Few architectural typologies have the power to invoke a sense of being dual-natured quite like the modernist swimming pool can. The design of pools themselves implies that there are moments of activity both above and below the water. Above, and in the more obvious and visible sense, pools act as a space for leisure and athletic training. But underneath the surface, swimming pools have a long-standing history of acting as symbols of surveillance, death, and social conditions associated with an economic class.
The evocative smell and lingering tackiness of chlorine paired with the continuous movement of water as it reflects and provides transparency are hyper-specific characteristics of swimming pools. When combined with the social experience of semi-nudity, the ability to find individual freedom in a public space is revealed. Swimming pools increased in popularity in the United States as the middle class expanded and the commercialization and references to pop culture turned them into places of mass leisure. As segregation ended in the 1960s, people of all races were allowed to enter public pools, creating a new social condition where collective activities occurred. Over time, individualism prevailed, homeowners began to want their own place of aquatic escapism to use as they pleased, and the concept of the private backyard pool was popularized.
Europe also saw an increase in the desire for pools as a balance of public and private spaces. One of the most well-known examples of modern swimming pools, although unbuilt, was Adolf Loos’ design for the Josephine Baker House. In what can only be speculated as Loos’ obsession with Baker’s celebrity and iconicity as a modern Black woman in Europe, the home was designed to make her the primary object and guests to be the viewing subjects. Contained within the infamous black and white striped walls of the home, the swimming pool represented ideas about performance, clandestine observation, and the objectification of the male gaze. The large glass windows that would allow visitors to watch Baker swim, as Kurt Under, a colleague of Loos’ claimed, created the perfect setting for a voyeuristic “underwater revue”.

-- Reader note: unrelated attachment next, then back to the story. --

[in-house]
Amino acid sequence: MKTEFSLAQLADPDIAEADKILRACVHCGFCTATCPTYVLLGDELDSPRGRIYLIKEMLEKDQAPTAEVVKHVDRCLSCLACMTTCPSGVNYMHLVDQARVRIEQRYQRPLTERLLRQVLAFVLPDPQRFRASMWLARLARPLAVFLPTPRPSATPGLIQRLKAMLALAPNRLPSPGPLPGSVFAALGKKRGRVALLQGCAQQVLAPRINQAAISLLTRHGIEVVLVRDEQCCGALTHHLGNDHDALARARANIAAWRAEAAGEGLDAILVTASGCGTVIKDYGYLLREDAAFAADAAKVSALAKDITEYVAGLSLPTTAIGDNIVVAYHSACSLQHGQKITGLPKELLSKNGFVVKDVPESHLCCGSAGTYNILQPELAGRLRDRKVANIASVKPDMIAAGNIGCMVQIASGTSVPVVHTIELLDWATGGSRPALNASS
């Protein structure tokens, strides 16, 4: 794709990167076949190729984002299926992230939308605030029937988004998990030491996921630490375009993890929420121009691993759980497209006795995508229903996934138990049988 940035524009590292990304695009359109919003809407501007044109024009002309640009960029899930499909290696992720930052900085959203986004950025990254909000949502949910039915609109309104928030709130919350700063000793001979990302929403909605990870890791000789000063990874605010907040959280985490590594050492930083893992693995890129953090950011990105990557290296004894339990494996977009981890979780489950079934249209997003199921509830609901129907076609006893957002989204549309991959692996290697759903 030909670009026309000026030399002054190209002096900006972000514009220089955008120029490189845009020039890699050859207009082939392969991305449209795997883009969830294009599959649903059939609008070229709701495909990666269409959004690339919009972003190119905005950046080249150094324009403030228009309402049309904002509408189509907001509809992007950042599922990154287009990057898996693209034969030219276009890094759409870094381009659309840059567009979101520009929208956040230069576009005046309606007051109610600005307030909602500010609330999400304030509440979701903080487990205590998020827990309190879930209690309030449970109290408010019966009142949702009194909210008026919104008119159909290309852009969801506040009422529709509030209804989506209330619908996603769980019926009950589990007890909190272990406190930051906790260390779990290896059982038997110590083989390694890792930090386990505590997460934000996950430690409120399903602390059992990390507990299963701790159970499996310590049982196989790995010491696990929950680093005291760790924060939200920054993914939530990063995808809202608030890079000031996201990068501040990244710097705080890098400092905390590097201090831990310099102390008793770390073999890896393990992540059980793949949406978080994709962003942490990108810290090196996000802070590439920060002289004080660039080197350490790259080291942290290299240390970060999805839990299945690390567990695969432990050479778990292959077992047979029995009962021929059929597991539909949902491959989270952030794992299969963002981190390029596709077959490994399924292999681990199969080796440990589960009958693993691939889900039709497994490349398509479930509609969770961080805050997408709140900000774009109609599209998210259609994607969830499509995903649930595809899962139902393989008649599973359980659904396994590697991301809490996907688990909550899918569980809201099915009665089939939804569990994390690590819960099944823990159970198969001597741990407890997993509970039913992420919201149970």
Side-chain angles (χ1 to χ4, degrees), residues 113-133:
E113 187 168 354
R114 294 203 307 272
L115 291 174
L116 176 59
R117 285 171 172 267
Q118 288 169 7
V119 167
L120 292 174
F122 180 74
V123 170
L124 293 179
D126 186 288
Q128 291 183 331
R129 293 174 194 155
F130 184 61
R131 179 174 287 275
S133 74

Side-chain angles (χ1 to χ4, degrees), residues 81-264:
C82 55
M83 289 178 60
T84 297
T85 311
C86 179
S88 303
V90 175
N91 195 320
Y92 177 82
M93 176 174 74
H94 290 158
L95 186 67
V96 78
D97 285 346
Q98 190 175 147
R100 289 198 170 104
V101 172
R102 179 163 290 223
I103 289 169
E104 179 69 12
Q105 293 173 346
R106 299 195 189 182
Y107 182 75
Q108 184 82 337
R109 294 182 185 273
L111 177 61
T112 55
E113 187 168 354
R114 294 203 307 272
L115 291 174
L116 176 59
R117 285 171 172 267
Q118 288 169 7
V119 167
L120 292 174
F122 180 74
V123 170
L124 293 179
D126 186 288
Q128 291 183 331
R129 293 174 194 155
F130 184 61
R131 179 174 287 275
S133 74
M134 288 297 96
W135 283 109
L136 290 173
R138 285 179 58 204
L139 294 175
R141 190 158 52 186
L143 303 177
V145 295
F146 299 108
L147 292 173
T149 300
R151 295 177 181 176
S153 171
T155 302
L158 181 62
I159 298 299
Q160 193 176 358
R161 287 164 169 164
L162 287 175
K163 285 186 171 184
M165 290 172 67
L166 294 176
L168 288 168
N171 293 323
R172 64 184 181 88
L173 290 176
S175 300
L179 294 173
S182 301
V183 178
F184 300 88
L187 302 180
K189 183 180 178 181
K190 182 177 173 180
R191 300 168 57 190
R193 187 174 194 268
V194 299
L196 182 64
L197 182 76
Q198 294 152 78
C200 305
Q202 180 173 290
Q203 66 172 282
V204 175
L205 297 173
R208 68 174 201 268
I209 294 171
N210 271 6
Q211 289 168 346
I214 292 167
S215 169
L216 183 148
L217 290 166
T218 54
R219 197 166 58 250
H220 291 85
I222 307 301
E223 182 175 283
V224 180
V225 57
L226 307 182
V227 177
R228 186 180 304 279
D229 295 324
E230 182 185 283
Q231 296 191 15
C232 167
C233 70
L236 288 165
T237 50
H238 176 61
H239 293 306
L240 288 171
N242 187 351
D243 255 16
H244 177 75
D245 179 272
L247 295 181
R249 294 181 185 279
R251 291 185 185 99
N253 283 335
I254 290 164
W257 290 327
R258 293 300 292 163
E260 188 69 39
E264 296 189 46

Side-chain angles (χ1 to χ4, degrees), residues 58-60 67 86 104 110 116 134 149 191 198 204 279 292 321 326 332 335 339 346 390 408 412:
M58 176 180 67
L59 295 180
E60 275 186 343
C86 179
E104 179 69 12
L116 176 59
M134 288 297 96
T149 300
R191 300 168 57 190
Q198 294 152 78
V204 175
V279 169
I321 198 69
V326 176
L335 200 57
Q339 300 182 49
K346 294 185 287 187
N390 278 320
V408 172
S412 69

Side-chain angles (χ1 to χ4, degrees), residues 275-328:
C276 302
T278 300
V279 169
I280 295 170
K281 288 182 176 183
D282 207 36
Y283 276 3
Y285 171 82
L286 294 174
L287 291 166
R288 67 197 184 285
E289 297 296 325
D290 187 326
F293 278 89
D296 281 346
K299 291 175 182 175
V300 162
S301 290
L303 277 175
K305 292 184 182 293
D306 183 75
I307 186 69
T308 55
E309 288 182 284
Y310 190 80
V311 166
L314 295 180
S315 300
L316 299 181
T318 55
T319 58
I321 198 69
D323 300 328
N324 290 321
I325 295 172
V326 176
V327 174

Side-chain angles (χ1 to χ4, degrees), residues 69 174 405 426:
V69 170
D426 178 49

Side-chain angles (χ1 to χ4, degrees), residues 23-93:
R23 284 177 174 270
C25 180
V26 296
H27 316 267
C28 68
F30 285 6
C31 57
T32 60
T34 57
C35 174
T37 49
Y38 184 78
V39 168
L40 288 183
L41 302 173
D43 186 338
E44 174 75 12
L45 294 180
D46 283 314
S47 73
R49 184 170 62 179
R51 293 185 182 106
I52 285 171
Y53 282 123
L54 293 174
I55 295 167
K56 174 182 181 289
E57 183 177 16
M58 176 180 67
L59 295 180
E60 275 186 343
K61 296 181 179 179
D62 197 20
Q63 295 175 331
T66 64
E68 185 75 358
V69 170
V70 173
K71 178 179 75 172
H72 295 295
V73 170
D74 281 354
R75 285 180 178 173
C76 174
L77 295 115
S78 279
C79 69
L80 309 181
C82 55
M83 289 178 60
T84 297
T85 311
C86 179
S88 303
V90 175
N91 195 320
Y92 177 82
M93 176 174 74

Swimming pools also appear as a large subject of art, particularly in the well known David Hockneypainting, A Bigger Splash (1967). The painting conveys the motion of water that breaks the blue placidity as a trace of human interaction after leaping from the diving board, and the backdrop of a traditional and modern Southern California home represented as simple and colorful planes. Now, often claimed as a renowned symbol for the desired life of a Los Angeleno, A Bigger Splash has helped to further ingrain the aspiration of owning a backyard with a private watering hole- making this region almost synonymous with swimming pools.
A swimming pool, especially a well designed one, is now a suburban status symbol filled with the same ideals as the pools of the elite that provide a sense of freedom. While a public pool comes with few restrictions and limitations on who can enter, a private pool requires a sense of exclusivity and is to be used by invitation only. They have the power to transform a home into a resort, and serve as a place where people could escape from the daily grind, and recreate into their alter egos.
It’s hard to name something so commonplace and simple of an idea as a swimming pool that is held in such highly commoditized regard as it relates to economic success. Pools, whether public or private, large or small, above or in-ground, are filled with meaning- all it takes is a peek below the surface.
Author: Kaley Overstreet
This article was first published in Arch Daily and is republished with permission.